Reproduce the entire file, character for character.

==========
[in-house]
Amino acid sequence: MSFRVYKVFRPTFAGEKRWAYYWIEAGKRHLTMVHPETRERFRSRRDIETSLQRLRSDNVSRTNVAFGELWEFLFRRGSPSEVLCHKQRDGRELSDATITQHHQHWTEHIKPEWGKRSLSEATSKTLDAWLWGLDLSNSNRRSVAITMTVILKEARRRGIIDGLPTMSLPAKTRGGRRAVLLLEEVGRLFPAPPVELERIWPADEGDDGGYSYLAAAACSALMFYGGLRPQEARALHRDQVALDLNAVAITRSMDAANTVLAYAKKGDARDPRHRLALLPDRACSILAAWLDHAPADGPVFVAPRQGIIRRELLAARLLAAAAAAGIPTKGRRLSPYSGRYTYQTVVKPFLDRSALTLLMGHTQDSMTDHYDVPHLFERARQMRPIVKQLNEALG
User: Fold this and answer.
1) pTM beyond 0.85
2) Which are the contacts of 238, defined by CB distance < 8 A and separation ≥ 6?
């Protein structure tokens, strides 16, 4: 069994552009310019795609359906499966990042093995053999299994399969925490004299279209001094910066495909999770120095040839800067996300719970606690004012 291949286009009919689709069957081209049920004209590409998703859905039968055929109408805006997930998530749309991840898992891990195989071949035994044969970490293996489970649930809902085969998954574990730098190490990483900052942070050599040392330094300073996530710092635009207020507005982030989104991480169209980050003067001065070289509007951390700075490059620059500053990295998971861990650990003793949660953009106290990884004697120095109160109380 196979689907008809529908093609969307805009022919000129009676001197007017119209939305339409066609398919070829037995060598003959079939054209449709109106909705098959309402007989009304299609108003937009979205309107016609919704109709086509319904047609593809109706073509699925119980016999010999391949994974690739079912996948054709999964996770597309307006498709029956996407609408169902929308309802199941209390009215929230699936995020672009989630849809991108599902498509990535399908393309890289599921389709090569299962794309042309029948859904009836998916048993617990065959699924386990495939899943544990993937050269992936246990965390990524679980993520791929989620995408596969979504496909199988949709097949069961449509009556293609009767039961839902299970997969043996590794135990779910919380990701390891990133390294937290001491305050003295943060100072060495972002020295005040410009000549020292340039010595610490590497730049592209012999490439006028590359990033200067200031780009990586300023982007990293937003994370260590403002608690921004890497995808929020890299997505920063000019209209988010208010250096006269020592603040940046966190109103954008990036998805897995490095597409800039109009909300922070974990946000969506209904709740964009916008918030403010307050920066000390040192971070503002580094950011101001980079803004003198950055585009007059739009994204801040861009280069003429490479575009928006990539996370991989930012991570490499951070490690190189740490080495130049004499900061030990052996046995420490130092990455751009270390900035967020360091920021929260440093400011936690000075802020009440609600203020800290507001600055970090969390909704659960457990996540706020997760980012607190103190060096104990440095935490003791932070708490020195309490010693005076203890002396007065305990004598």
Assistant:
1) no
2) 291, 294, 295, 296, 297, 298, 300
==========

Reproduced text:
[in-house]
Amino acid sequence: MSFRVYKVFRPTFAGEKRWAYYWIEAGKRHLTMVHPETRERFRSRRDIETSLQRLRSDNVSRTNVAFGELWEFLFRRGSPSEVLCHKQRDGRELSDATITQHHQHWTEHIKPEWGKRSLSEATSKTLDAWLWGLDLSNSNRRSVAITMTVILKEARRRGIIDGLPTMSLPAKTRGGRRAVLLLEEVGRLFPAPPVELERIWPADEGDDGGYSYLAAAACSALMFYGGLRPQEARALHRDQVALDLNAVAITRSMDAANTVLAYAKKGDARDPRHRLALLPDRACSILAAWLDHAPADGPVFVAPRQGIIRRELLAARLLAAAAAAGIPTKGRRLSPYSGRYTYQTVVKPFLDRSALTLLMGHTQDSMTDHYDVPHLFERARQMRPIVKQLNEALG
User: Fold this and answer.
1) pTM beyond 0.85
2) Which are the contacts of 238, defined by CB distance < 8 A and separation ≥ 6?
């Protein structure tokens, strides 16, 4: 069994552009310019795609359906499966990042093995053999299994399969925490004299279209001094910066495909999770120095040839800067996300719970606690004012 291949286009009919689709069957081209049920004209590409998703859905039968055929109408805006997930998530749309991840898992891990195989071949035994044969970490293996489970649930809902085969998954574990730098190490990483900052942070050599040392330094300073996530710092635009207020507005982030989104991480169209980050003067001065070289509007951390700075490059620059500053990295998971861990650990003793949660953009106290990884004697120095109160109380 196979689907008809529908093609969307805009022919000129009676001197007017119209939305339409066609398919070829037995060598003959079939054209449709109106909705098959309402007989009304299609108003937009979205309107016609919704109709086509319904047609593809109706073509699925119980016999010999391949994974690739079912996948054709999964996770597309307006498709029956996407609408169902929308309802199941209390009215929230699936995020672009989630849809991108599902498509990535399908393309890289599921389709090569299962794309042309029948859904009836998916048993617990065959699924386990495939899943544990993937050269992936246990965390990524679980993520791929989620995408596969979504496909199988949709097949069961449509009556293609009767039961839902299970997969043996590794135990779910919380990701390891990133390294937290001491305050003295943060100072060495972002020295005040410009000549020292340039010595610490590497730049592209012999490439006028590359990033200067200031780009990586300023982007990293937003994370260590403002608690921004890497995808929020890299997505920063000019209209988010208010250096006269020592603040940046966190109103954008990036998805897995490095597409800039109009909300922070974990946000969506209904709740964009916008918030403010307050920066000390040192971070503002580094950011101001980079803004003198950055585009007059739009994204801040861009280069003429490479575009928006990539996370991989930012991570490499951070490690190189740490080495130049004499900061030990052996046995420490130092990455751009270390900035967020360091920021929260440093400011936690000075802020009440609600203020800290507001600055970090969390909704659960457990996540706020997760980012607190103190060096104990440095935490003791932070708490020195309490010693005076203890002396007065305990004598």
Assistant:
1) no
2) 291, 294, 295, 296, 297, 298, 300